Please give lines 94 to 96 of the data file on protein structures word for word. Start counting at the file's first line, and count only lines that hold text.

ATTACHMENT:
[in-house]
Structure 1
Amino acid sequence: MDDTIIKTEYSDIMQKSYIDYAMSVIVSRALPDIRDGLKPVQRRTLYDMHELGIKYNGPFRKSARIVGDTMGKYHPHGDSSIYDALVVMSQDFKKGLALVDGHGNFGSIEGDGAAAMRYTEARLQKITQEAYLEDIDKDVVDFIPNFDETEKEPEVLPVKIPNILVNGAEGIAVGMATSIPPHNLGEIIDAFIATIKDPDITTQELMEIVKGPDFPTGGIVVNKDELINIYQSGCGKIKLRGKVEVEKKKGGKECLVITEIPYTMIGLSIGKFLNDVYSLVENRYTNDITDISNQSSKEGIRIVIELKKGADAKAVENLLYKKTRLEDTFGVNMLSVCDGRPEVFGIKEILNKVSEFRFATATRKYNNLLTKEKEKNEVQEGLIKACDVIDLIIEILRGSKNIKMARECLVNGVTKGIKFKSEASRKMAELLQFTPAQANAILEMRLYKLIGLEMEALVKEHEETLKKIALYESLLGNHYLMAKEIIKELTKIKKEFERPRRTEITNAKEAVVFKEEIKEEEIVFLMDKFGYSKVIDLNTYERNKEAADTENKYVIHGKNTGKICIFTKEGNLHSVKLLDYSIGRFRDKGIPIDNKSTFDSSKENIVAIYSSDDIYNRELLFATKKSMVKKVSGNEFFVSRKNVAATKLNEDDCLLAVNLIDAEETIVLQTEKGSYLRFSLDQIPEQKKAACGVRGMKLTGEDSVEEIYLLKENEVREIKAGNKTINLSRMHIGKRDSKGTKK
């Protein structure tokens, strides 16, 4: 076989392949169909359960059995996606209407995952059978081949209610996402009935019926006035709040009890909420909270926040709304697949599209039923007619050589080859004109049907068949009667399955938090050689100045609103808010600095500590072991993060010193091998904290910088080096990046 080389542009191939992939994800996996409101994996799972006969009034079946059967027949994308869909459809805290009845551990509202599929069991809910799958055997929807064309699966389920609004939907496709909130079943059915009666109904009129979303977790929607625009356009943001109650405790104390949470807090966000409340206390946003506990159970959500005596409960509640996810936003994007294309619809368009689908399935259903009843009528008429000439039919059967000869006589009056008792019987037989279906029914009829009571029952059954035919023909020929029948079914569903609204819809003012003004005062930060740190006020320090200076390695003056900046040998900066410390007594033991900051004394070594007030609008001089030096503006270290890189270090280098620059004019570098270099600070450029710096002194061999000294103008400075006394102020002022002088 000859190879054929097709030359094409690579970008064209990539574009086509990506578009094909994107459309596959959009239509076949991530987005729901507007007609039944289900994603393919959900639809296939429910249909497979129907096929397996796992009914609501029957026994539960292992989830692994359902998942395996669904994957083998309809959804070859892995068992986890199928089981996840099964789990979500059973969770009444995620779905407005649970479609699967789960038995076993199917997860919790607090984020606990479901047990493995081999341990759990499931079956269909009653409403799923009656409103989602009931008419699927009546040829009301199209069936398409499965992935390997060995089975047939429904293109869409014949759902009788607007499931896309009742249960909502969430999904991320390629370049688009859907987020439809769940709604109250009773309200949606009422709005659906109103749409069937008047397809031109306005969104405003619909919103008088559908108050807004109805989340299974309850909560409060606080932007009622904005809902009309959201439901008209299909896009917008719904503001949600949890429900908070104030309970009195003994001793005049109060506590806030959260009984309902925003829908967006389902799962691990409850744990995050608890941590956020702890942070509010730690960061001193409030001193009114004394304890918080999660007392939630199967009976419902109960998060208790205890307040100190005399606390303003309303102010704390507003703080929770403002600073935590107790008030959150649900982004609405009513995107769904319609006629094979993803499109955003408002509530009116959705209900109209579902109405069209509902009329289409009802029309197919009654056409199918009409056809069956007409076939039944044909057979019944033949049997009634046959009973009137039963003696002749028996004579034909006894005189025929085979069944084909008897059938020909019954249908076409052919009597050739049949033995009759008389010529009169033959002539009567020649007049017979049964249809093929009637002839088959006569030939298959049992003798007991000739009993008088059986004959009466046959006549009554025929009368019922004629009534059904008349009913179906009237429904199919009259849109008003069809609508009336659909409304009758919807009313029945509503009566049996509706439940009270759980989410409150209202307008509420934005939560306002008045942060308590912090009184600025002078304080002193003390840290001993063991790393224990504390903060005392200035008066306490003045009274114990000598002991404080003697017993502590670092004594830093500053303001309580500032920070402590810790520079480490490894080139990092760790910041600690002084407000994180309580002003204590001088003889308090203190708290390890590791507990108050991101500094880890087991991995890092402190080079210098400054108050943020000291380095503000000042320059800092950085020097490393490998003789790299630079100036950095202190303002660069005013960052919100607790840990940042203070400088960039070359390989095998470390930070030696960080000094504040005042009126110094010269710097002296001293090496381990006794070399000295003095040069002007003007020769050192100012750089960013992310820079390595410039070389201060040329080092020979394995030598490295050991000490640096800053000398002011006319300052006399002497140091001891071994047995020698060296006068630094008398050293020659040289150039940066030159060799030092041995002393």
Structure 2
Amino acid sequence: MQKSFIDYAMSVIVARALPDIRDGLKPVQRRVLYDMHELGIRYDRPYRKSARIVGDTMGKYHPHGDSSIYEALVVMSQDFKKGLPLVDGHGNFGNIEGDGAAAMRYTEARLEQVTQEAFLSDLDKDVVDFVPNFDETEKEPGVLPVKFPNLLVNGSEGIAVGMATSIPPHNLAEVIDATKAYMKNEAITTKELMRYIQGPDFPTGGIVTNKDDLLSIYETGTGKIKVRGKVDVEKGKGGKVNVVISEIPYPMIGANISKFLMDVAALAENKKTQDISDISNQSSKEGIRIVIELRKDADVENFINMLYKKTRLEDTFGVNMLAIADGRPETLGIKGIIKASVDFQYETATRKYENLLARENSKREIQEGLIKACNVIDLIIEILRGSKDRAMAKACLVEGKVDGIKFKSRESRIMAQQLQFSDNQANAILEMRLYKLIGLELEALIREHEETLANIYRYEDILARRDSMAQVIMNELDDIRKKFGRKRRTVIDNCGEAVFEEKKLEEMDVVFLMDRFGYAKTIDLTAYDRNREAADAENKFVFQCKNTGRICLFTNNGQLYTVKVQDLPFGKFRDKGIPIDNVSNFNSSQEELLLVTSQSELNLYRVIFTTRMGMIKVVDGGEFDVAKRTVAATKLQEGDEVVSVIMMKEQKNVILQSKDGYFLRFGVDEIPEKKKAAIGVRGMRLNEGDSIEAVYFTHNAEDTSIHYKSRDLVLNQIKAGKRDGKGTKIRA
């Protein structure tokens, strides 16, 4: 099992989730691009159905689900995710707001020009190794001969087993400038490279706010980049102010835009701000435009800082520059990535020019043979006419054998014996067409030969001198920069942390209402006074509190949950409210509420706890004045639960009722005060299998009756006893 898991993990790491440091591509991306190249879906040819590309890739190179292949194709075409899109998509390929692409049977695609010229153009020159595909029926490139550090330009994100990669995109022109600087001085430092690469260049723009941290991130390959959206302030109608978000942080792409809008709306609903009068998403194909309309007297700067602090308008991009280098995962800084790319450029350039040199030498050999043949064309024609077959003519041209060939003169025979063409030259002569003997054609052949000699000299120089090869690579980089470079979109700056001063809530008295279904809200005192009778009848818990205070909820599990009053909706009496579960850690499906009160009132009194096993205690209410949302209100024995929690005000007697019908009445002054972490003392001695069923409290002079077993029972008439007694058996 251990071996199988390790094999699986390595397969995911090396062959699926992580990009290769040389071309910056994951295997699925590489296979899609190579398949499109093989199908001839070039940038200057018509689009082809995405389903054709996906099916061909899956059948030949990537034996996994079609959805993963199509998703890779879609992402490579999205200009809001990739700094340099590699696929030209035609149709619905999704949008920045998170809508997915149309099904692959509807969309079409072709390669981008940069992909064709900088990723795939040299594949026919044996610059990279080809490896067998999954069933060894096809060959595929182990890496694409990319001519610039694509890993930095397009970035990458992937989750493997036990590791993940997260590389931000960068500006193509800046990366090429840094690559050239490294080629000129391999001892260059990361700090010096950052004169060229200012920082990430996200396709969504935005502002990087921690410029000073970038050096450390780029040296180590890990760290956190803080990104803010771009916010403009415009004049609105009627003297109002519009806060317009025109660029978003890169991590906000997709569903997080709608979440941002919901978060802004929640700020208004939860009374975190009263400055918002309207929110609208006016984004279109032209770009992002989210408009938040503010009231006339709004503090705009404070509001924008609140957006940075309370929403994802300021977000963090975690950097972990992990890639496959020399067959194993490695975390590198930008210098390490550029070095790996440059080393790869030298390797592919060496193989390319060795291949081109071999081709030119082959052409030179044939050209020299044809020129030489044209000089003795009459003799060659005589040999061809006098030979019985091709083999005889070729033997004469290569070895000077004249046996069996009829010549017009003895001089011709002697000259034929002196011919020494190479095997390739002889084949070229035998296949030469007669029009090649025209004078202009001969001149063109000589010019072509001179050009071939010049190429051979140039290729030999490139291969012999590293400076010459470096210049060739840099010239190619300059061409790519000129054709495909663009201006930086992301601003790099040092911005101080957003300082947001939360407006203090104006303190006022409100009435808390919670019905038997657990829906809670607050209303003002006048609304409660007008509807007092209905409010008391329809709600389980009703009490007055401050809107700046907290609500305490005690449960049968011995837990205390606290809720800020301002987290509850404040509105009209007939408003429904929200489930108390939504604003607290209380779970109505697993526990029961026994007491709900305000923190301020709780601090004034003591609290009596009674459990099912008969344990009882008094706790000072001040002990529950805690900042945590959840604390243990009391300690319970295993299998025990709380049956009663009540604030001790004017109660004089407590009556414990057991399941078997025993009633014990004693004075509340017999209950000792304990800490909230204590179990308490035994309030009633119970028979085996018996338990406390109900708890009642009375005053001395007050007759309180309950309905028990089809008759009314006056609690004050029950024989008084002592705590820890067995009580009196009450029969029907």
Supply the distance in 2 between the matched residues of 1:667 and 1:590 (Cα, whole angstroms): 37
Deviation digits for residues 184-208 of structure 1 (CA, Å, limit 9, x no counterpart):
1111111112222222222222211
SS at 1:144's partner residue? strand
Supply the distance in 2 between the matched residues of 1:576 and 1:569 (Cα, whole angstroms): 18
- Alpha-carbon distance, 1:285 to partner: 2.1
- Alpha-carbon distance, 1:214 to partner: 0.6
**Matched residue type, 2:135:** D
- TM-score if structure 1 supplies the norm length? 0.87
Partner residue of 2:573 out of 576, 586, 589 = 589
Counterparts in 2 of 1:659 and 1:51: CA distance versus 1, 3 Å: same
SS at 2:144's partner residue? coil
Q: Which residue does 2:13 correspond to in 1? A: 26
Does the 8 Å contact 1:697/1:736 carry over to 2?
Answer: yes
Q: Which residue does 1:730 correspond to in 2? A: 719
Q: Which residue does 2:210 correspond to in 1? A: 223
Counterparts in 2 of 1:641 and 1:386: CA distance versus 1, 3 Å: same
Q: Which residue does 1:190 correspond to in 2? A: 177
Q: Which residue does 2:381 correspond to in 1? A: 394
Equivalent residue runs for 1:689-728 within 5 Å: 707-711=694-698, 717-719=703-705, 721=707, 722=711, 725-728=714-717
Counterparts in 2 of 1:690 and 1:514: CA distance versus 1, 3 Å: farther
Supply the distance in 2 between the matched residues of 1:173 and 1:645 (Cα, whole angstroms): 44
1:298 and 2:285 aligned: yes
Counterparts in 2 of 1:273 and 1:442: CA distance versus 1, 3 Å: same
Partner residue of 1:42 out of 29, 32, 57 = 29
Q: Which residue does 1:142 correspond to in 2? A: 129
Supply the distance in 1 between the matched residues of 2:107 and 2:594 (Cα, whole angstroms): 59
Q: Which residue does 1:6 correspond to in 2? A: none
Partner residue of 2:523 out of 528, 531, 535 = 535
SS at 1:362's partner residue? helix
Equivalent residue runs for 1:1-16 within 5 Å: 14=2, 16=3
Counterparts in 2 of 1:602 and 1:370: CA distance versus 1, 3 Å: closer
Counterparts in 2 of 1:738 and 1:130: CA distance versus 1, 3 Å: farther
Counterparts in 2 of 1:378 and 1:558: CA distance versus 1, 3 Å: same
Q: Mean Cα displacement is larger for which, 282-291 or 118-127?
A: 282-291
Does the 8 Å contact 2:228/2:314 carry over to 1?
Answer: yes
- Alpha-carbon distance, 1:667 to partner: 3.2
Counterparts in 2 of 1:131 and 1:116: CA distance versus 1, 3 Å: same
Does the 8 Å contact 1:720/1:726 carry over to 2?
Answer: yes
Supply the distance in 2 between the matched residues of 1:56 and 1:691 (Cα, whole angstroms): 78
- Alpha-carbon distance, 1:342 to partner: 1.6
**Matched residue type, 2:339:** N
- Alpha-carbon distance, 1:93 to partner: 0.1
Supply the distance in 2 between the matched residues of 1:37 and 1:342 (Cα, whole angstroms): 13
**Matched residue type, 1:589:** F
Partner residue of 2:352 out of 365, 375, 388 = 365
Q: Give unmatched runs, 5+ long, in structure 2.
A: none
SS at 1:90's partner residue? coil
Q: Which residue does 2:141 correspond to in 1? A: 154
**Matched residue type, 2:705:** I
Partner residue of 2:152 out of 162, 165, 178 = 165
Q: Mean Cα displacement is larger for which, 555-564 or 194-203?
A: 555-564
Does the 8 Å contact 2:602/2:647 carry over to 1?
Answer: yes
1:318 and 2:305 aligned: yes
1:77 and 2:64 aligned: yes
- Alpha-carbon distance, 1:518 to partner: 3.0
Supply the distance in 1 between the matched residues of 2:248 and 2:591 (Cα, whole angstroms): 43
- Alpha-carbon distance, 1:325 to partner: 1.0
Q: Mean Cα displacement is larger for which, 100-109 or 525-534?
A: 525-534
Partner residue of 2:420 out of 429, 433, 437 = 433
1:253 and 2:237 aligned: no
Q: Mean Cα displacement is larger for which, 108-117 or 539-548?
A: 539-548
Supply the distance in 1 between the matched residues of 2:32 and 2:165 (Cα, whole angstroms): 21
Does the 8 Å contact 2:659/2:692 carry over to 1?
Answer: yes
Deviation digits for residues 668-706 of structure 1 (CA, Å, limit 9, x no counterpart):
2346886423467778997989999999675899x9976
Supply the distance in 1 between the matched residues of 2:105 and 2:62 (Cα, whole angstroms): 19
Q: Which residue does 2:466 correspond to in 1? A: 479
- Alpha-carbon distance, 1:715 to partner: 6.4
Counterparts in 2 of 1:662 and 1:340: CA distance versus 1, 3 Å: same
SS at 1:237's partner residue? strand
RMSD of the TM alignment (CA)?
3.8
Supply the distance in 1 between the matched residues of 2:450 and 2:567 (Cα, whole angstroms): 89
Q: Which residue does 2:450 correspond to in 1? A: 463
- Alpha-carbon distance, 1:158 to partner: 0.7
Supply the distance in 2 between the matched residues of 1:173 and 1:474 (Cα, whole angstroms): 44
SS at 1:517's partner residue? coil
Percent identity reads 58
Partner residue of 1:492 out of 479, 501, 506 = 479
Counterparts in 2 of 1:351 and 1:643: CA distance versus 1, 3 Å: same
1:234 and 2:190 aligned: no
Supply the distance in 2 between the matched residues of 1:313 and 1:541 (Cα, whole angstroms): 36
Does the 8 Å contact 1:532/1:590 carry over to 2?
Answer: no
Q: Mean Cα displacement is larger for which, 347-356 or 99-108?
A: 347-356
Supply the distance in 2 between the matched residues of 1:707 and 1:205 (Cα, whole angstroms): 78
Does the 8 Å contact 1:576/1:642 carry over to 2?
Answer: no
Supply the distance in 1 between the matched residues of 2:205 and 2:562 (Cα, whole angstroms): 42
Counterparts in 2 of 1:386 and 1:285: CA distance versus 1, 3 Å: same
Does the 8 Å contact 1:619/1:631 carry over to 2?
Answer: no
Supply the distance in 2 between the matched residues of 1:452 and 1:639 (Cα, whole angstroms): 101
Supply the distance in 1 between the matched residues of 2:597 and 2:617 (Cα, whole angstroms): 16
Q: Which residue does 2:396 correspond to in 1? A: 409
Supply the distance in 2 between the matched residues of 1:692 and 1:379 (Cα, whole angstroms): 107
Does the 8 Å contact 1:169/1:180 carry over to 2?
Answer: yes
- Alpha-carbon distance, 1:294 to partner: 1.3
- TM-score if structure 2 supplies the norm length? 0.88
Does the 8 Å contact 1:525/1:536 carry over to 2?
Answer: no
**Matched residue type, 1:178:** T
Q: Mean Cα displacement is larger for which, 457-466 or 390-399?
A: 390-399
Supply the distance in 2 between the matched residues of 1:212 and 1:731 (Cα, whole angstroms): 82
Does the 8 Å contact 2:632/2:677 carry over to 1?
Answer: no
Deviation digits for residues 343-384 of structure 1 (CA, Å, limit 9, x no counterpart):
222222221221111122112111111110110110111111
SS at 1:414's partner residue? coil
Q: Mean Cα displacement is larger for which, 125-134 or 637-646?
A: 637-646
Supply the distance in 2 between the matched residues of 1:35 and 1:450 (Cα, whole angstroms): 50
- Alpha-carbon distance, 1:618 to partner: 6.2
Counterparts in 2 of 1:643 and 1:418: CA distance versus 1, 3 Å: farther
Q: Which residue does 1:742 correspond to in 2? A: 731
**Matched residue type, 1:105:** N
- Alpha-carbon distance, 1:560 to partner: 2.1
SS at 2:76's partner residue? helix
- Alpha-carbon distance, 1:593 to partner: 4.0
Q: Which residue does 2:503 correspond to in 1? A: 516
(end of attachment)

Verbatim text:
Supply the distance in 2 between the matched residues of 1:173 and 1:474 (Cα, whole angstroms): 44
SS at 1:517's partner residue? coil
Percent identity reads 58